Apple’s Design Award is a sleek aluminum cube with a lit logo and no seams. It’s available nowhere else but Apple’s yearly developer conference WWDC.
It’s incredibly coveted and can mean an enormous amount of attention for an indie developer — or bigtime validation of a major company’s mobile strategy.
Apple rates the apps by a series of items including functionality, design and delight and comes up with a series of them to award each year. Last year, Yahoo was a big winner. This year featured some huge ups for young indie developers, as well as two student award winners.
Here were the awards:
For the first time ever, Apple awarded two student teams special ADAs. These were picked out of the students Apple offered scholarships to WWDC, a program expanded to 350 students this year.
Elementary Minute – a quiz app that helps students study. You swipe up or down for true or false questions on iPhone or Apple Watch. The app, created by Klemens Strasser of Austria was one of the first games to come out for Apple Watch.
Jump-O – An app created by Bytebrushers (university students from Brazil) based on their experiences being bullied as youths.
Shadowmatic – This game uses highly detailed 3D rendering techniques to combine a puzzler and a shadow play.
Metamorphobet – This Vectorpark creation animates letters into representations of words, making it a great kids learning app. Developer Patrick Smith makes up this one person studio.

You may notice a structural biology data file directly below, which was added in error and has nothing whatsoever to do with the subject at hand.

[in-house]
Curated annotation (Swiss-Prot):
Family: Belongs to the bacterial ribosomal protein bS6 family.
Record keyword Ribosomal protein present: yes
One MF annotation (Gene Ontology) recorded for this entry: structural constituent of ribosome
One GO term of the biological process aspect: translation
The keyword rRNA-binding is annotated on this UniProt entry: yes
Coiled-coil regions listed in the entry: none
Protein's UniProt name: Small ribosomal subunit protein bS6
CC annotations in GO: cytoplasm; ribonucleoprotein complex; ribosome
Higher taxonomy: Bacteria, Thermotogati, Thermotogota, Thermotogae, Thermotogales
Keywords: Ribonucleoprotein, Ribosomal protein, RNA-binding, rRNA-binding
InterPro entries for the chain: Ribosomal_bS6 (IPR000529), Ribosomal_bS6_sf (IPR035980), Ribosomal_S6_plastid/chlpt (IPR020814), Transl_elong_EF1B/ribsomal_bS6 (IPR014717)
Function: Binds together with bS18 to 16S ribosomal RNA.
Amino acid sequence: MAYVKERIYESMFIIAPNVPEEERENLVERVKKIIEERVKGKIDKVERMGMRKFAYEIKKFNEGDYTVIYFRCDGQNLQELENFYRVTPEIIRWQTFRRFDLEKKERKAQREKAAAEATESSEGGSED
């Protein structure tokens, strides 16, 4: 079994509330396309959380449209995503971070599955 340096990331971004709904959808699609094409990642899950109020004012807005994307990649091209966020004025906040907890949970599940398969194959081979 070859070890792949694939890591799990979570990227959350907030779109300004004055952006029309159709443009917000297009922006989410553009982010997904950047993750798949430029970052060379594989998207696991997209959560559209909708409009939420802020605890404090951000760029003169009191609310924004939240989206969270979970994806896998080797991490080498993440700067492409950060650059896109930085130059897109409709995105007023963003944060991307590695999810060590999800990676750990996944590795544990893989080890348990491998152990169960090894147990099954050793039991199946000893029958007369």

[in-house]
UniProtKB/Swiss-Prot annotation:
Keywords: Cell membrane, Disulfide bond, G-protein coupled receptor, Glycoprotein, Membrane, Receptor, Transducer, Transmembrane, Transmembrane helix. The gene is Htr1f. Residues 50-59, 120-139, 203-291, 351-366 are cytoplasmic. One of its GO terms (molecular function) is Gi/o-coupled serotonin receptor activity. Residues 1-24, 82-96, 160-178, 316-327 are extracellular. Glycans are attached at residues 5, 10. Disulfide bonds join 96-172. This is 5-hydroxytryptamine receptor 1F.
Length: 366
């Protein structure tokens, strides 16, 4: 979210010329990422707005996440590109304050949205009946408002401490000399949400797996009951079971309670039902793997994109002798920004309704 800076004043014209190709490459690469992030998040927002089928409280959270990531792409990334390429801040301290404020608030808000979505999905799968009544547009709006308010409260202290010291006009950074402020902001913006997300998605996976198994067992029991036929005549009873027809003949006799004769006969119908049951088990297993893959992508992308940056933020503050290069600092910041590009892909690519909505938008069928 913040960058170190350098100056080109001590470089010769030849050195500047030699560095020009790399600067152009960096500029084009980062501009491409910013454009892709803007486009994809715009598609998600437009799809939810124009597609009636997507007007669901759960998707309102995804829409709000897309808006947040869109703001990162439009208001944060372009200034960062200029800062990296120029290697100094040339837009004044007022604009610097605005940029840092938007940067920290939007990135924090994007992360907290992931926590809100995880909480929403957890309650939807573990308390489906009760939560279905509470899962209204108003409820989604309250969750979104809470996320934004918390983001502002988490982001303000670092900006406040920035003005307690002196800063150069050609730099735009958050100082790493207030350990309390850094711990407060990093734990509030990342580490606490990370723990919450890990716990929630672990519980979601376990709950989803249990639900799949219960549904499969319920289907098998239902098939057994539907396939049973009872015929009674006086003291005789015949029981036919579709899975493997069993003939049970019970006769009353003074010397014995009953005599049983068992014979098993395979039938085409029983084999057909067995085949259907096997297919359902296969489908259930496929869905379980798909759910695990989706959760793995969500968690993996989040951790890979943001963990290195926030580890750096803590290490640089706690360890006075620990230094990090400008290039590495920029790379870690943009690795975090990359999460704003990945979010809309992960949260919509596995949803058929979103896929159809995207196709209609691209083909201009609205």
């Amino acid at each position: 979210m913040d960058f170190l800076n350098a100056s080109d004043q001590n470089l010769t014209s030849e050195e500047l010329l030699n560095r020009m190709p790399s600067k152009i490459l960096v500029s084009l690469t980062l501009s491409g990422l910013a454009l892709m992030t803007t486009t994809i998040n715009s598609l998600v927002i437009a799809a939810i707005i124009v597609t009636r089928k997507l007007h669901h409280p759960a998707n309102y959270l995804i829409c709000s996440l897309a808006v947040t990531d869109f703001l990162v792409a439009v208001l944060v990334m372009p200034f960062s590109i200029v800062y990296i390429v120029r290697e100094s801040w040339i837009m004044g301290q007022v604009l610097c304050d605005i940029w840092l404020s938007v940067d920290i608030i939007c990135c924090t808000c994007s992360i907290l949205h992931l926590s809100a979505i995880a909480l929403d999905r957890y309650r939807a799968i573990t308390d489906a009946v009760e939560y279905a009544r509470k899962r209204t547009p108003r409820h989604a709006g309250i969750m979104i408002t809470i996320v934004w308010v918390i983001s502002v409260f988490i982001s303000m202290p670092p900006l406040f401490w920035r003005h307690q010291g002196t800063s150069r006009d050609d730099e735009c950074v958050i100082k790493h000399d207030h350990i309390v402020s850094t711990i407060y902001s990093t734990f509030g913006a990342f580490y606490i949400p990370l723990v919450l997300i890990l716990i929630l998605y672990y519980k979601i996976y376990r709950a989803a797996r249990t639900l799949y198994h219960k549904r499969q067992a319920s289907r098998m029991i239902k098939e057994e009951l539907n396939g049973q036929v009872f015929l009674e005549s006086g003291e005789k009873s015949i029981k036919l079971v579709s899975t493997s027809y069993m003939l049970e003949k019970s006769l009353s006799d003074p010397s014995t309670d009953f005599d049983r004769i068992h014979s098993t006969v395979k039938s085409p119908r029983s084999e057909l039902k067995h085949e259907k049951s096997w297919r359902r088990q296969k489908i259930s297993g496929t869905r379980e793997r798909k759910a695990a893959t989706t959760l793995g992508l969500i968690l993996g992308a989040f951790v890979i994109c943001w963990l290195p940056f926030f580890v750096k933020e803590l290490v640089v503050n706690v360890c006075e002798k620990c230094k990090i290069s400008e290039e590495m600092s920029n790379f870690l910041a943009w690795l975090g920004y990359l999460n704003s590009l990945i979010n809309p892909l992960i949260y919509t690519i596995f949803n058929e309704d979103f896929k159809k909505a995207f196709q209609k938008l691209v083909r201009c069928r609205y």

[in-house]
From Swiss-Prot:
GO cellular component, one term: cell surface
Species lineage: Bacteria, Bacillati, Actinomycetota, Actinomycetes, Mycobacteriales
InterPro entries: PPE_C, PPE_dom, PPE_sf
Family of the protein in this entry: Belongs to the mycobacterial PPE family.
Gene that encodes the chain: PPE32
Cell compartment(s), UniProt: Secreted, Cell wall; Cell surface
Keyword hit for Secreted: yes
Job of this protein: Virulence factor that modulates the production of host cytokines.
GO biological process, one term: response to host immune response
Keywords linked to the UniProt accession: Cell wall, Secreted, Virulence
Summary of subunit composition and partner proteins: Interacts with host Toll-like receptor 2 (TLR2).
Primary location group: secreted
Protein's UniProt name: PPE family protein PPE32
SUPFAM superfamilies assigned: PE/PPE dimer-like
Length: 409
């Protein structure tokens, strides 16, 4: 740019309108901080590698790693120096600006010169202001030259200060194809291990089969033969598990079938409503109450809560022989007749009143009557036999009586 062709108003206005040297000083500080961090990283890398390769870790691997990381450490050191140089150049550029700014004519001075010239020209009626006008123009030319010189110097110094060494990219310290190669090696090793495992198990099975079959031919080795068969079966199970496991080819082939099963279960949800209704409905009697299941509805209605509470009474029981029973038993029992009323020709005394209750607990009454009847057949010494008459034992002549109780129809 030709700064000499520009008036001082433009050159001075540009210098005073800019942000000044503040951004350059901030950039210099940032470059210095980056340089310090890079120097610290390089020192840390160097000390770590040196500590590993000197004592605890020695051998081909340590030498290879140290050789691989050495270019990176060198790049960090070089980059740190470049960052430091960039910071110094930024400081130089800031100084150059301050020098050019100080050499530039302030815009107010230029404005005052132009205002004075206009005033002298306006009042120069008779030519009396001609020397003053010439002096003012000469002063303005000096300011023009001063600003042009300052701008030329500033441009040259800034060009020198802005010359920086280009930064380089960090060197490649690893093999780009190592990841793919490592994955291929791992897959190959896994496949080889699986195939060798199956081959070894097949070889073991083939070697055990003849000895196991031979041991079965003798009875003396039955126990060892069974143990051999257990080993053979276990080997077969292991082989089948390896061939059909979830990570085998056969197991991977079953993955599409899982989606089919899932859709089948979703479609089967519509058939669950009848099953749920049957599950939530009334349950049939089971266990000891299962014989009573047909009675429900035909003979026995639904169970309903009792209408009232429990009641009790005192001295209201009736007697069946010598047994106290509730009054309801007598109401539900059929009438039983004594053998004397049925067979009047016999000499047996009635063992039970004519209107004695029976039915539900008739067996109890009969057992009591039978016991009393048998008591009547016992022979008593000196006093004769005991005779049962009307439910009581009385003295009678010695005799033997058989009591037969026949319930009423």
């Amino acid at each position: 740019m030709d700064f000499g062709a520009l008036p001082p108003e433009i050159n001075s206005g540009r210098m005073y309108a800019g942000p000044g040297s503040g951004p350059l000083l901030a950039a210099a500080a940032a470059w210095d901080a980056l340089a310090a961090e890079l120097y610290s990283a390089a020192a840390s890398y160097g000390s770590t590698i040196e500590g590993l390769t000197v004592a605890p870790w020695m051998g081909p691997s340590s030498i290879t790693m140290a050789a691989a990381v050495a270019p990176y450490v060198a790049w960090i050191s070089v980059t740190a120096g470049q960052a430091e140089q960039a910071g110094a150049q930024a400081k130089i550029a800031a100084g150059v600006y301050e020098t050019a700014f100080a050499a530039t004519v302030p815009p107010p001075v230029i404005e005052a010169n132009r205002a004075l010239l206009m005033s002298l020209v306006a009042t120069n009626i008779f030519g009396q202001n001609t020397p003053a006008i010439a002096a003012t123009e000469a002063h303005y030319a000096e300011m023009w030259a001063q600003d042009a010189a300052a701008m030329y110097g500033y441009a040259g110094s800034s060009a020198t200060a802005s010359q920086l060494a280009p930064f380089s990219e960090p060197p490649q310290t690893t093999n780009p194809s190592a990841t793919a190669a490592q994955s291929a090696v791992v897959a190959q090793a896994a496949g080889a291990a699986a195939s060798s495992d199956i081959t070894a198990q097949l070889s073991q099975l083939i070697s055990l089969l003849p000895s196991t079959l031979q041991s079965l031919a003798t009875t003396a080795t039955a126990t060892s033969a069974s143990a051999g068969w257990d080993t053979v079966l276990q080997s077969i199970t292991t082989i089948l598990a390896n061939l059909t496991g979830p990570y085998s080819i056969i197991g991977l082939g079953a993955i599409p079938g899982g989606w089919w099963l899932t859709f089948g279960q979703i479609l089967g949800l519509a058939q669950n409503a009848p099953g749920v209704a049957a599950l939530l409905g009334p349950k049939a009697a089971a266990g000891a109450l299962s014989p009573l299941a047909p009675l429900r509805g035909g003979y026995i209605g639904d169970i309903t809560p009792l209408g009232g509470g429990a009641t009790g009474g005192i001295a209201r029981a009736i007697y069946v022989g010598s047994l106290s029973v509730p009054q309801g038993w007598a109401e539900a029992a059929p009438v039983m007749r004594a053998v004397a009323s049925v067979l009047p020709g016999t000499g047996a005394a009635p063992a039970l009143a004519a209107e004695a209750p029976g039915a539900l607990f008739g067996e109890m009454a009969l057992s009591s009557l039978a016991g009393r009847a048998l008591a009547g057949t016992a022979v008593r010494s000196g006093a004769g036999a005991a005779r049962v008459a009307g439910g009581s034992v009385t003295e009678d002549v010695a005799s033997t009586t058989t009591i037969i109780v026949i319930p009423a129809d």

Robinhood – The popular investment app we’ve covered many times on TechCrunch also won an ADA. The hook of Robinhood is that it allows you to buy and sell stocks quickly, and for free. Robinhood Markets was awarded the ADA for the app’s clean, content-centric design and balancing app branding with iOS design conventions. The clever way that Robinhood allows you to perform a simulated trade before signup was hailed.
Affinity Designer – This vector-based illustrator drew gasps of appreciation from the crowd for its many and varied illustration tools.
Crossy Road – This Hipster Whale game likely needs no introduction, it’s become a sensation of casual time-killer games. A variant of Frogger with clever animation and social features, it’s the rare in-app purchase-based game that I don’t mind playing.
Fantastical 2 – The popular calendar app by Flexibits was hailed for its slick Mac app design and deep use of localization features.
Workflow – We’ve covered DeskConnect’s Workflow here before at TechCrunch. Workflow was demonstrated by members of Apple’s accessibility team — these team members were visually impaired. They used VoiceOver to activate Workflow and create a new workflow in a fantastic demonstration of accessibility features in iOS.
Does Not Commute – This driving game by Mediocre, a 2-person team, is a strategy-based vehicular challenger.
Vainglory – Super Evil Megacorp is an all-star team of game designers that created a slick Moba that had previously gotten some screen time during an Apple keynote while demonstrating its uses of Metal.
Pacemaker – This music app is built by an 8-person company in Stockholm, Sweden. This app is an AI-driven DJ.